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Literature / The Grapes of Wrath

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"Wherever they's a fight so hungry people can eat, I'll be there. Wherever they's a cop beatin' up a guy, I'll be there. If Casy knowed, why, I'll be in the way guys yell when they're mad an' — I'll be in the way kids laugh when they're hungry an' they know supper's ready. And when our folks eat the stuff they raise an' live in the houses they build — why, I'll be there."
Tom Joad

A 1939 novel by John Steinbeck, winner of the 1940 Pulitzer Prize. The book makes a strong political statement (of the social liberal kind), and is pretty much the antithesis of anything by Ayn Rand. The story follows the Joads, a poor family from Oklahoma hit by the dust bowl that travel all the way to California (losing the grandparents along the way) to find jobs on farms. Sadly, they discover that work conditions are horrid and farms are overpopulated and people are paid poorly. The content and themes of The Grapes of Wrath made it very controversial in its day, and it remains divisive more than eight decades after its publication. What isn't denied is that the novel was extremely influential.

Adapted into a film only a year after it was published. It was directed by John Ford and starred Henry Fonda, in what is considered to be among the finest works from both legends. Ford regular John Carradine also appeared in the film, while Jane Darwell earned the Best Supporting Actress Academy Award for her performance as Ma Joad. The movie was considered to be the Great American Film before Citizen Kane was rediscovered in the late '50s. Steinbeck himself considered it an improvement on his book. Also adapted into a play in 1988. The Steppenwolf Theater's 1990 version starring Gary Sinise and Lois Smith was filmed and aired on PBS's American Playhouse on March 22, 1991.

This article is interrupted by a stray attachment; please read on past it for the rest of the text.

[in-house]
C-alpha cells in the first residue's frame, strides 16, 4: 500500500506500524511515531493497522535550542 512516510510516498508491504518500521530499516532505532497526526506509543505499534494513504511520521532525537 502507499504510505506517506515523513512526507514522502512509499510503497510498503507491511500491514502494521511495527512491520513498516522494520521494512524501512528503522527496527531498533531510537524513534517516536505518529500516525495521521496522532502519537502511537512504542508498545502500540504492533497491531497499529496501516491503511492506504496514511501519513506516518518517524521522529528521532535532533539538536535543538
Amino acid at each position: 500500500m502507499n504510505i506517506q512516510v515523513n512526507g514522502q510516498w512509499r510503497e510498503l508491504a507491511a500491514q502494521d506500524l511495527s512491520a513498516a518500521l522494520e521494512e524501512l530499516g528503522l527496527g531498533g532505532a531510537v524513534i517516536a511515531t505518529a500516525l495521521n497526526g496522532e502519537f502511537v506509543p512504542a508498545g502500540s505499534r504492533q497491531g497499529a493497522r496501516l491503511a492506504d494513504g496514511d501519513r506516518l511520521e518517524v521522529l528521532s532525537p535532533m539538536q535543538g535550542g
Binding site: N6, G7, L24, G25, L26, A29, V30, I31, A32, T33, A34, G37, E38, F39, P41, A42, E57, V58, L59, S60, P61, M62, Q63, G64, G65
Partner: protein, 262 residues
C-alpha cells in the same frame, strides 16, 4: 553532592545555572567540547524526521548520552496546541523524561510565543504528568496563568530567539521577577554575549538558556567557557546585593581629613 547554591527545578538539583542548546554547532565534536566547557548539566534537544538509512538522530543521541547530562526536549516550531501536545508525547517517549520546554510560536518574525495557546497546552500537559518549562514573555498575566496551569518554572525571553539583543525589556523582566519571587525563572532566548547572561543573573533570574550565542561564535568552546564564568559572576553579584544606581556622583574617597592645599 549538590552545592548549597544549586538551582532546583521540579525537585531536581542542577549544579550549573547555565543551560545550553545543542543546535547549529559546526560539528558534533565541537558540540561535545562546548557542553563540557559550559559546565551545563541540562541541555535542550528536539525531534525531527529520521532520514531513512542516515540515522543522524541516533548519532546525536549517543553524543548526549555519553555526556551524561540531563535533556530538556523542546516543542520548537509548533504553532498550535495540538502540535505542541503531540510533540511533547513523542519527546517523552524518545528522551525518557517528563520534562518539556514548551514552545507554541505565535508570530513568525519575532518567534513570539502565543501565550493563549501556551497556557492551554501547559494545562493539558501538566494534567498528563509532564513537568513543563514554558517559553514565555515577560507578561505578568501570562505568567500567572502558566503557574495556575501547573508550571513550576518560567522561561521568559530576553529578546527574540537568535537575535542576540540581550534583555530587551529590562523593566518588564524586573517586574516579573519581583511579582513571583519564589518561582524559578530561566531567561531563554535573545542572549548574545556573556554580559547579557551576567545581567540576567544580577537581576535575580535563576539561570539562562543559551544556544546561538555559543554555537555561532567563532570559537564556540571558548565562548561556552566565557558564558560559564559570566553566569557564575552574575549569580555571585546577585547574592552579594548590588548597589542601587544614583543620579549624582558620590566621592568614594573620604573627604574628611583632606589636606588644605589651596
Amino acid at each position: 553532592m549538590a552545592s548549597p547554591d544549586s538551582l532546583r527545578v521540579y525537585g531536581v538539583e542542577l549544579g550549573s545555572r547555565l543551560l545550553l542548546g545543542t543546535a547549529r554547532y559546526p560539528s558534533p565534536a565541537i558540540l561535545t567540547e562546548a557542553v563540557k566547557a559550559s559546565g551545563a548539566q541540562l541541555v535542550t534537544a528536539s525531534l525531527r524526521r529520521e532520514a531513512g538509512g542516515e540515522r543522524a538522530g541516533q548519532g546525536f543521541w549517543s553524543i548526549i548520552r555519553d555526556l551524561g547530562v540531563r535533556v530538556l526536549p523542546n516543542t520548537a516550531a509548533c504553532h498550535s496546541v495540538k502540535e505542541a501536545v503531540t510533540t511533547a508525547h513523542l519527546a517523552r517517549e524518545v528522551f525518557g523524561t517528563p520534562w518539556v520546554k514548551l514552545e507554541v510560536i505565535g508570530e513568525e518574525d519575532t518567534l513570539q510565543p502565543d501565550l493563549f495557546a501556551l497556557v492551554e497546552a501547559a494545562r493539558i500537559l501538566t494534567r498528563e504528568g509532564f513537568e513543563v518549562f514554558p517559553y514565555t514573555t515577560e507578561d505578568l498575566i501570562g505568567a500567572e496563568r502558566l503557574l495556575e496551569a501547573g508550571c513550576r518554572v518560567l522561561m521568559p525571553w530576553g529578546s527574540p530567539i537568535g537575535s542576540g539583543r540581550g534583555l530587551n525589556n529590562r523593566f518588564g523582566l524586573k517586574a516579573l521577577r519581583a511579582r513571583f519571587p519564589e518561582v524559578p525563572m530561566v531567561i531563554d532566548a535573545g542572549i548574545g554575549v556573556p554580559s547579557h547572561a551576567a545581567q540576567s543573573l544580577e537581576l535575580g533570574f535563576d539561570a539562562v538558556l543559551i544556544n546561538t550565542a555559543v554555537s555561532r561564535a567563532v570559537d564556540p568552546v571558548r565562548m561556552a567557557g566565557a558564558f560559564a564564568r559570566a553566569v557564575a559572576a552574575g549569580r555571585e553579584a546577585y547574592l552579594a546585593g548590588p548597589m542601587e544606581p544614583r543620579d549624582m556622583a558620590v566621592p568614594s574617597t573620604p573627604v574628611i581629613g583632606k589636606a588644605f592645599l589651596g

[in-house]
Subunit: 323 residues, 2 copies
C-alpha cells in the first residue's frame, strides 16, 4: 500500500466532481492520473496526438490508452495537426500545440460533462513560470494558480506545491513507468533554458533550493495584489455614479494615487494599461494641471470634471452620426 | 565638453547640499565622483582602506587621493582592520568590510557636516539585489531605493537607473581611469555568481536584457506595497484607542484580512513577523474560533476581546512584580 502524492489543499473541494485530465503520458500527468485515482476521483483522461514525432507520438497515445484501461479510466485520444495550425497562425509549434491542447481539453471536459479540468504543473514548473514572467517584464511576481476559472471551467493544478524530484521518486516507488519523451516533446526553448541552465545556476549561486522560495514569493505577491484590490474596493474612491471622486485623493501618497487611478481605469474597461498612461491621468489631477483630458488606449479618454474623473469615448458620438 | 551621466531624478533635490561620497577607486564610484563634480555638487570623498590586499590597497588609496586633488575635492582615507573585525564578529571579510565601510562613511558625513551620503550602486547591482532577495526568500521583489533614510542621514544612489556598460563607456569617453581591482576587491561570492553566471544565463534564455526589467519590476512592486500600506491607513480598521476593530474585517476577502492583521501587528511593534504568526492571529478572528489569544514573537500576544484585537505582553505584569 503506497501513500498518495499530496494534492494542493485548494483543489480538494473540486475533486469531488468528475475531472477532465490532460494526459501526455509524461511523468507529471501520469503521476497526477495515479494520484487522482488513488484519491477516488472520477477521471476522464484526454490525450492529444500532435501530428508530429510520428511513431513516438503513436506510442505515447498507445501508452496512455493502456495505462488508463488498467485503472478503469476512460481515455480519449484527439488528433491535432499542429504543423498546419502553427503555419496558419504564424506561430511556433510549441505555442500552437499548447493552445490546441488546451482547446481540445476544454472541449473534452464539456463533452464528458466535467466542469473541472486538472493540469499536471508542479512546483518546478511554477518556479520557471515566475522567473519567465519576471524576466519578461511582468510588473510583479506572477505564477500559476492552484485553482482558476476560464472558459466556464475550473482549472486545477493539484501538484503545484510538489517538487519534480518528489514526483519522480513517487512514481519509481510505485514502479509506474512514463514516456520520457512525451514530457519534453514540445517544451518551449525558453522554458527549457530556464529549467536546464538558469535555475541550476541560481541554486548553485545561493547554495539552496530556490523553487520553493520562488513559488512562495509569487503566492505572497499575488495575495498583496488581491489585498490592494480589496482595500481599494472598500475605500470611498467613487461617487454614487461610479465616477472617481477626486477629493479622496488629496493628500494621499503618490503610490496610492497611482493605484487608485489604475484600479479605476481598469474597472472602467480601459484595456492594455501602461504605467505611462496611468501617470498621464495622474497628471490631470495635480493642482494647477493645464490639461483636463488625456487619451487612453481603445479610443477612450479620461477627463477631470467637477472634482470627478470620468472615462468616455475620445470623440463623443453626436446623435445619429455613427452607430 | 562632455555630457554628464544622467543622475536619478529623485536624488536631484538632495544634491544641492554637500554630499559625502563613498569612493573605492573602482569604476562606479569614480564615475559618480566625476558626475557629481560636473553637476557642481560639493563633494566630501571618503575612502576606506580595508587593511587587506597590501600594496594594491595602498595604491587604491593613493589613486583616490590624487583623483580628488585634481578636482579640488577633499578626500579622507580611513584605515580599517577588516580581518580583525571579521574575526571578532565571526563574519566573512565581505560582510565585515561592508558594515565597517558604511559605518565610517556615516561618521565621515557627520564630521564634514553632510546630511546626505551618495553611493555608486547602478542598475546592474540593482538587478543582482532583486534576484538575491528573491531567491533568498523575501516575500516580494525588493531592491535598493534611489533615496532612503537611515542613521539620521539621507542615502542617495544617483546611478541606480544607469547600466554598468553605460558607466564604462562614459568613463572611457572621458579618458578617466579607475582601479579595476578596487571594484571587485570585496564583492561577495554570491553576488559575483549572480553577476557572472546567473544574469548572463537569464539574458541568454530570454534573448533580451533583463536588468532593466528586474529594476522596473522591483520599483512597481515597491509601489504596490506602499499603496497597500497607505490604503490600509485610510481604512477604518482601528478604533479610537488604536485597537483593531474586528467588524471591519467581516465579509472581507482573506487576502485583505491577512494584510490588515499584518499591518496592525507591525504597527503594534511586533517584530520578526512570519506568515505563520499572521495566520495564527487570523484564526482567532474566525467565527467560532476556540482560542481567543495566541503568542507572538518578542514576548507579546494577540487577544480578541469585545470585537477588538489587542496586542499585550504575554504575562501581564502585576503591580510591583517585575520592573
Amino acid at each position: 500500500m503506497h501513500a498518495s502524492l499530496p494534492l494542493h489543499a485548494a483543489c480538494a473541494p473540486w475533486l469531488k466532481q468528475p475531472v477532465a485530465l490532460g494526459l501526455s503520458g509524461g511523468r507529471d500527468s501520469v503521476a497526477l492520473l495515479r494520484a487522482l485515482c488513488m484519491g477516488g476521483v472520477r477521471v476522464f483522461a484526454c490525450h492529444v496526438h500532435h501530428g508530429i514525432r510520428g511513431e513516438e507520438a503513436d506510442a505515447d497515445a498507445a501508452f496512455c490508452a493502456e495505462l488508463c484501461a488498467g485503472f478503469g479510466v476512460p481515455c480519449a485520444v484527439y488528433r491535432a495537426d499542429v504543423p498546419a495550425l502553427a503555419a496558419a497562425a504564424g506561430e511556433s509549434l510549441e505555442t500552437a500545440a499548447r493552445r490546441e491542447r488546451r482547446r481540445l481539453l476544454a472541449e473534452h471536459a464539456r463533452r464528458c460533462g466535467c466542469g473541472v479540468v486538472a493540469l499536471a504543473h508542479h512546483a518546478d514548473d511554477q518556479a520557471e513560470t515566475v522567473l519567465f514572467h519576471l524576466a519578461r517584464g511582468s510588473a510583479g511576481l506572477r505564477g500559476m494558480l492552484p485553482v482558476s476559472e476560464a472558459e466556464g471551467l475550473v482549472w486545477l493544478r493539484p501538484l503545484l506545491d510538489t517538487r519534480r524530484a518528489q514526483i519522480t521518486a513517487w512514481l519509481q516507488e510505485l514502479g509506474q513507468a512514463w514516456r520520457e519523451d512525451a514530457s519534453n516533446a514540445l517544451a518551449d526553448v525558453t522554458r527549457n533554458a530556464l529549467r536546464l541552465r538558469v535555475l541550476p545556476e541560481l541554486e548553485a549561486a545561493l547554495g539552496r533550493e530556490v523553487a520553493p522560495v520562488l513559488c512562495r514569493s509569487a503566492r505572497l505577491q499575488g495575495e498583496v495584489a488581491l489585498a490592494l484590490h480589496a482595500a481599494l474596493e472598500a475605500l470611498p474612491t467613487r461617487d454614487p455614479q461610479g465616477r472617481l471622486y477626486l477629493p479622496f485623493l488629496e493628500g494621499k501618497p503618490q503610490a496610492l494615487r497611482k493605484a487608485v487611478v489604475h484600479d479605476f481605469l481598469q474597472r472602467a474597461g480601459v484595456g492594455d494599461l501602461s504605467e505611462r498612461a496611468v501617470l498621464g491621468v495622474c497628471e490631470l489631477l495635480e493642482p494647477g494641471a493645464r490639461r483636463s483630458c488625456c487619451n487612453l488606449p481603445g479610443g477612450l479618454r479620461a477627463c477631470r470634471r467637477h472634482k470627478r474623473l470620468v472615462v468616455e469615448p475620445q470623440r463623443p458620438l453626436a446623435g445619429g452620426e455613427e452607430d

• Aerith and Bob: The Joad family: Tom, Sr. (Pa), Uncle John, Tom, Al, Noah, Ruthie, Winfield... and Rose of Sharon.
  • The Alcoholic: Uncle John normally stays away from alcohol, sex, and other such things, but when he gets drunk, he gets really drunk.
  • The Alleged Car: Pretty much every one that the Okies use to go to California. Subverted with the Joad's car; Al's careful selection in the beginning, as well as his and Tom's technical know-how mean that they never have any real trouble with the truck.
  • Animal Motifs:
    • The book version has in its third chapter a tortoise trying to cross a road and getting run over by a truck. In the fourth chapter, we meet Jim Casy, who's described as having a "long head" and a "beaked" nose.
    • Connie is described as resembling a coyote.
  • As the Good Book Says...: Steinbeck uses Bible quotes when they agree with what he's trying to say, but states that Christianity, as Casy used to practice it, has a lot wrong with it.
  • Author Tract: And plenty of Author Filibusters, too. A few do fit into why the Joads are going through such trouble, but most of them pop right out of left field. Also a reminder that Tropes Are Not Bad.
  • Badass Preacher: Jim Casy. Not only does he offer support and consolation to Tom's family even though he's not officially a preacher anymore, but later he even takes the fall for a crime he didn't commit.
  • Bad Cop/Incompetent Cop: Well, definitely the former half of it. The book attempts a justification: in California at this time, they were paid per arrest, with no deduction for arresting the wrong person.
  • Barefoot Poverty: The tractor driver said that his youngest kid never had any shoes.
  • Capitalism Is Bad: And it destroys the lives of the poor people of Oklahoma. It leads to farmers driven off their lands, because the tenant system is no longer profitable. It leads to employers exploiting mass unemployment by paying the workers the lowest wages possible - if they don't accept it, ten other men are waiting for the same job. It leads to food being destroyed to drive prices up, while people are literally starving to death nearby.
  • The Casanova: Al Joad. He is seen all over the novel chasing different women, to the point where he's ready to abandon his family for a girl he had just met.
  • Central Theme:
    • Capitalism Is Bad.
    • The saving power of family and fellowship.
    • The dignity of wrath.
    • The multiplying effects of both selfishness and altruism.